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Not with bare justice shall your act be crown'd (Said Fame) but high above desert renown'd: 325 Let fuller notes th' applauding world amaze, And the loud clarion labour in your praise.

This band difmifs'd, behold another croud Prefer'd the fame requeft, and lowly bow'd; The conftant tenour of whofe well-spent days No lefs deferv'd a just return of praise. But strait the direful Trump of flander founds Thro' the big dome the doubling thunder bounds; Loud as the burst of cannon rends the skies, The dire report thro' ev'ry region flies, In ev'ry ear inceffant rumours rung, And gath'ring scandals grew on ev'ry tongue, From the black trumpet's rufty concave broke Sulphurious flames, and clouds of rolling smoke:





VER. 328, 338. behold another croud, etc,-From the black trumpet's rusty, etc.

Therewithal there came anone
Another huge companye,
Of good folke-

What did this Eolus, but he
Tooke out his trump of brafs,
That fouler than the devil was:
And gan this trump for to blowe,
As all the world fhould overthrowe,
Throughout every regione
Went this foul trumpet's foune.

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The pois'nous vapour blots the purple skies, 340
And withers all before it as it flies.

A troop came next, who crowns and armour


And proud defiance in their looks they bore :
For thee (they cry'd) amidst alarms and strife,
We fail'd in tempefts down the stream of life; 345
For thee whole nations fill'd with flames and

And fwam to empire thro' the purple flood.
Those ills we dar'd, thy inspiration own,
What virtue feem'd, was done for thee alone.
Ambitious fools! (the Queen reply'd, and frown'd)
Be all
acts in dark oblivion drown'd; 351
There fleep forgot, with mighty tyrants gone,
Your ftatues moulder'd, and your names unknown!
A fudden cloud ftraight fnatch'd them from my


And each majestic phantom funk in night. 355
Then came the smallest tribe I yet had feen;
Plain was their dress, and modeft was their mien.


Swift as a pellet out of a gunne,
When fire is in the powder runne.
And such a smoke gan out wende,
Out of the foul trumpet's ende-etc. P.

VER. 356. Then came the smallest, etc.]
I faw anone the fifth route.
That to this lady gan loute,

Great idol of mankind! we neither claim
The praise of merit, nor aspire to fame!
But fafe in deferts from th' applause of men, 360
Would die unheard of, as we liv'd unseen,
>Tis all we beg thee, to conceal from fight
Those acts of goodness, which themselves requite.
O let us still the fecret joy partake,

To follow virtue ev'n for virtue's fake. 365

And live there men, who flight immortal fame? Who then with incenfe fhall adore our name? But mortals! know, 'tis ftill our greatest pride To blaze those virtues, which the good would hide.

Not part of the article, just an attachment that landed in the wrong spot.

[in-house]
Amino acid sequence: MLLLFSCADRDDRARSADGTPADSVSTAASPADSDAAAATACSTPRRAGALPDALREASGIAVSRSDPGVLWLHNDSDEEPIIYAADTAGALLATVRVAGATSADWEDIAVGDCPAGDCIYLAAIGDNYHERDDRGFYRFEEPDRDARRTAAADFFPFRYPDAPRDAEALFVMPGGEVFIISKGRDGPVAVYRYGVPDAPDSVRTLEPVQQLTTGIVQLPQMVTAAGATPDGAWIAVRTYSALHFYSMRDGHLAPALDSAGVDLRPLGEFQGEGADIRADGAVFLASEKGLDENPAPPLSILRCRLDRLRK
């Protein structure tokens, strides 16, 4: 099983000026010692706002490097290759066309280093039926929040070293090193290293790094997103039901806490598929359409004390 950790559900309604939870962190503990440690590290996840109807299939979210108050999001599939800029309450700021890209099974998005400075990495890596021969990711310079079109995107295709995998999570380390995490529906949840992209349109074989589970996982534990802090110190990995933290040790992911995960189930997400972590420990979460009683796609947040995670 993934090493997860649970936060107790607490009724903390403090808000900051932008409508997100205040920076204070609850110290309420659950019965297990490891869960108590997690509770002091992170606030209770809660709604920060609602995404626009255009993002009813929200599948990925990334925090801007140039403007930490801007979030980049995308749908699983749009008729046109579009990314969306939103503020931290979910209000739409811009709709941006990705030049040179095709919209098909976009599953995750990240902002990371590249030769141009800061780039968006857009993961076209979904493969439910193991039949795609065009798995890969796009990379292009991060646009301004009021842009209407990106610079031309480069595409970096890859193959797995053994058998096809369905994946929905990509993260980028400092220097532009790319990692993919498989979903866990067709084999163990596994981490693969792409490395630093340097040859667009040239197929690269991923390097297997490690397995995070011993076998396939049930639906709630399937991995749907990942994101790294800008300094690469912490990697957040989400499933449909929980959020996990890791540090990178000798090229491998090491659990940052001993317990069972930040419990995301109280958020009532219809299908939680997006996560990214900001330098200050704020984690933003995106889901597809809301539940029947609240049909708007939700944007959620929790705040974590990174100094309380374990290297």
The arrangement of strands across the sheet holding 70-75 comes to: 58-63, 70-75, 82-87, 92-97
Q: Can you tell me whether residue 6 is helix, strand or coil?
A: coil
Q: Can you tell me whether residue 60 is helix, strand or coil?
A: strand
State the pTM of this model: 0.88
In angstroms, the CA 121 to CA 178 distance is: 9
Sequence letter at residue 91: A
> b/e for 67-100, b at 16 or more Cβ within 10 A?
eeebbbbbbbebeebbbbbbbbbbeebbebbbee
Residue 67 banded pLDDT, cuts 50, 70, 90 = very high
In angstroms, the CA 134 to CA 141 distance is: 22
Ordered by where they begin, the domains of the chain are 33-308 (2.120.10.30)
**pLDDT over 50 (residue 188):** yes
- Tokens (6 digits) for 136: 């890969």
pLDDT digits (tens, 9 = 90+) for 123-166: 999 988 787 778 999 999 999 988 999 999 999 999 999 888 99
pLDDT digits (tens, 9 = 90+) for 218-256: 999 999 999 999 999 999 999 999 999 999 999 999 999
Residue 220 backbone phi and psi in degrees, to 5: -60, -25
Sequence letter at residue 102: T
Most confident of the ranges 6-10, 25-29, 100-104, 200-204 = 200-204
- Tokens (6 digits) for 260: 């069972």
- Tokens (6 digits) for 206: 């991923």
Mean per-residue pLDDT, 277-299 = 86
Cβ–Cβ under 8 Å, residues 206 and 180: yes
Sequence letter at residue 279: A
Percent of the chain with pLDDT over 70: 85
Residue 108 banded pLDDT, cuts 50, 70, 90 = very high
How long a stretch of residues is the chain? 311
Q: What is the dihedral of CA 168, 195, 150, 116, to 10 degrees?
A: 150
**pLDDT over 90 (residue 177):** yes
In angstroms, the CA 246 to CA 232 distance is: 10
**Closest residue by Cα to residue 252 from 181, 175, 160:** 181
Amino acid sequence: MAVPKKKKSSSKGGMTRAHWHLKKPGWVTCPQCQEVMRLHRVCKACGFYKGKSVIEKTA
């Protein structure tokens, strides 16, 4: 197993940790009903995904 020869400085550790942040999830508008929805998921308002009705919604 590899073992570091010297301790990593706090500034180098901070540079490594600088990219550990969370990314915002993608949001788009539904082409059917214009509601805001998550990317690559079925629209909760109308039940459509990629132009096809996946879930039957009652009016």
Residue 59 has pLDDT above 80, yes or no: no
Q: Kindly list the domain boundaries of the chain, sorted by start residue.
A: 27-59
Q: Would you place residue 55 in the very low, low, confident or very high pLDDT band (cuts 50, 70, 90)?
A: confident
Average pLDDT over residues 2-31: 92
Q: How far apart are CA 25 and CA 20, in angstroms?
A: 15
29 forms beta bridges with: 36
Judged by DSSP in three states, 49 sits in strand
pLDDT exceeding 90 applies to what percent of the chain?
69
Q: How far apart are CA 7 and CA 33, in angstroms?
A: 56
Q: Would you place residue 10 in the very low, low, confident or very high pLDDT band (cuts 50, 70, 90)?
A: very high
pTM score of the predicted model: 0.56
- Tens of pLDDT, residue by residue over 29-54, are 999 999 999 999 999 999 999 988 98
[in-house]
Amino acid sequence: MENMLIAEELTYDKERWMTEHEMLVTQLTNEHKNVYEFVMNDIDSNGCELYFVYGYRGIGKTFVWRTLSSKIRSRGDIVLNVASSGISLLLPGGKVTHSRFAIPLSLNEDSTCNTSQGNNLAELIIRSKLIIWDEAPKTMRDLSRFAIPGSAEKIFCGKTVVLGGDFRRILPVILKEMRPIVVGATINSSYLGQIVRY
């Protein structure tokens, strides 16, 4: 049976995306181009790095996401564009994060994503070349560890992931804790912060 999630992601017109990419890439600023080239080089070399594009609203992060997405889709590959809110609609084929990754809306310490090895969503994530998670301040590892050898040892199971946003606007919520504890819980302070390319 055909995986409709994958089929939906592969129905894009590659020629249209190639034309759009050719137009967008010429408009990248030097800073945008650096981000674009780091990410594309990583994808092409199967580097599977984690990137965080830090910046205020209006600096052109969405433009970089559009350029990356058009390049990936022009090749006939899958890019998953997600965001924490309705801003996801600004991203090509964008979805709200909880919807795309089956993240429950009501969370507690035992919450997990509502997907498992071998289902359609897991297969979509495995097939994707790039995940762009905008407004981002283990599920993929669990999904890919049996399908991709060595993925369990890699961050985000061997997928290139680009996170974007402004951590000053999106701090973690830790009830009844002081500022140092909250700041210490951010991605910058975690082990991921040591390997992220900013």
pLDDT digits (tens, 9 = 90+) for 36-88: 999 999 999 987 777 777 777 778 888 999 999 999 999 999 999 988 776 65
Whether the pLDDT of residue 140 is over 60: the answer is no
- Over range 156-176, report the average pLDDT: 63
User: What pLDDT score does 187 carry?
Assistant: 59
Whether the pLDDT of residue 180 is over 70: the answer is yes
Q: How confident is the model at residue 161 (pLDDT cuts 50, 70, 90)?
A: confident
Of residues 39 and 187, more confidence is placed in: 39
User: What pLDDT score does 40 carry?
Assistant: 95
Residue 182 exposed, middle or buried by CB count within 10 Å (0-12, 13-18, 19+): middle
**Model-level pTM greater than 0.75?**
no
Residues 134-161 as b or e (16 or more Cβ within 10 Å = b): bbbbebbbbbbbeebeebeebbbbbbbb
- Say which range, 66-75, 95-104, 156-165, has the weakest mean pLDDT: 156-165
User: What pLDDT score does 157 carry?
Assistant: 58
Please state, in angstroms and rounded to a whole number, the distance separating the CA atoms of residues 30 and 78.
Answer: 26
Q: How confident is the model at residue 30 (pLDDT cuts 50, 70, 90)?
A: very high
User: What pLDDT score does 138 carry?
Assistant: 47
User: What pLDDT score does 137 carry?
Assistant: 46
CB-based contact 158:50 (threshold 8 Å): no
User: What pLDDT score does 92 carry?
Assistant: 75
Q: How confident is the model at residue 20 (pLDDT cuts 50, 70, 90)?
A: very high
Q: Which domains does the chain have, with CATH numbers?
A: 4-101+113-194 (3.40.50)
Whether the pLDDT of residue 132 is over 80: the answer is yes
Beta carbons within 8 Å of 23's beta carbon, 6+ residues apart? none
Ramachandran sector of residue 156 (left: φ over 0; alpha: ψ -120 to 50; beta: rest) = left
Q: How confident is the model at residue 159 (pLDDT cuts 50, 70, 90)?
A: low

And down on knees anone to fall,
And to her they befoughten all,
To hiden their good works eke.
And faid, they yeve not a leke
For no fame ne fuch renowne;
For they for contemplacyoune,
And Goddes love had it wrought,
Ne of fame would they ought.
What, quoth fhe, and be ye wood?
And ween ye for to do good,
And for to have it of no fame ?
Have ye despite to have my name?
Nay ye fhall lien everichone:
Blowe thy trump, and that anone
(Quoth fhe) thou Eolus, I hote,
And ring thefe folks works by rote.
That all the world may of it heare;
And he gan blow their loos fo cleare,
In his golden clarioune,
Through the World went the foune,
All fo kindly, and eke so soft,
That their fame was blown aloft. P.


Rife! Muses, rife! add all tuneful breath,
These must not sleep in darkness and in death. 371
She faid in air the trembling mufic floats,
And on the winds triumphant fwell the notes;
So foft, tho' high, so loud, and yet so clear,
Ev'n lift'ning Angels lean'd from heav'n to hear:
To farthest shores th' Ambrofial spirit flies, 376
Sweet to the world, and grateful to the skies.

Next these a youthful train their vows exprefs'd, With feathers crown'd, with gay embroid❜ry drefs'd:

Hither, they cry'd, direct your eyes, and see 380 The men of pleasure, drefs, and gallantry; Ours is the place at banquets, balls, and plays, Sprightly our nights, polite are all our days; Courts we frequent, where 'tis our pleafing care To pay due vifits, and addrefs the fair ; 385 In fact, 'tis true, no nymph we could perfuade, But ftill in fancy vanquish'd ev'ry maid;

Of unknown Ducheffes leud tales we tell,

Yet, would the world believe us, all were well.


VER. 378. Next these a youthful train, etc.] The Reader might compare these twenty-eight lines following, which contain the fame matter, with eighty-four of Chaucer, beginning thus:

Tho came the fixth companye, And gan fafte to Fame cry, etc. being too prolix to be here inferted. P.

The joy let others have, and we the name, 390 And what we want in pleasure, grant in fame.

The Queen affents, the trumpet rends the skies, And at each blast a Lady's honour dies.

Pleas'd with the ftrangé fuccefs, vaft numbers

Around the shrine, and made the fame request: 395
What you (fhe cry'd) unlearn'd in arts to please,
Slaves to yourselves, and ev'n fatigu'd with ease,
Who lose a length of undeferving days,
Would you ufurp the lover's dear-bought praise?
To just contempt, ye vain pretenders, fall, 400
The people's fable, and the fcorn of all.
Straight the black clarion fends a horrid found,
Loud laughs burst out, and bitter fcoffs fly round,
Whispers are heard, with taunts reviling loud,
And scornful hiffes run thro' all the croud. 405
Laft, those who boaft of mighty mischiefs done,
Enslave their country, or ufurp a throne;
Or who their glory's dire foundation laid
On Sov'reign's ruin'd, or on friends betray'd;
Calm, thinking villains, whom no faith could fix,
Of crooked counfels and dark politics;


VER. 406. Laft, those who boast of mighty, etc.]`
Tho came another companye,

That had y-done the treachery, etc. P.

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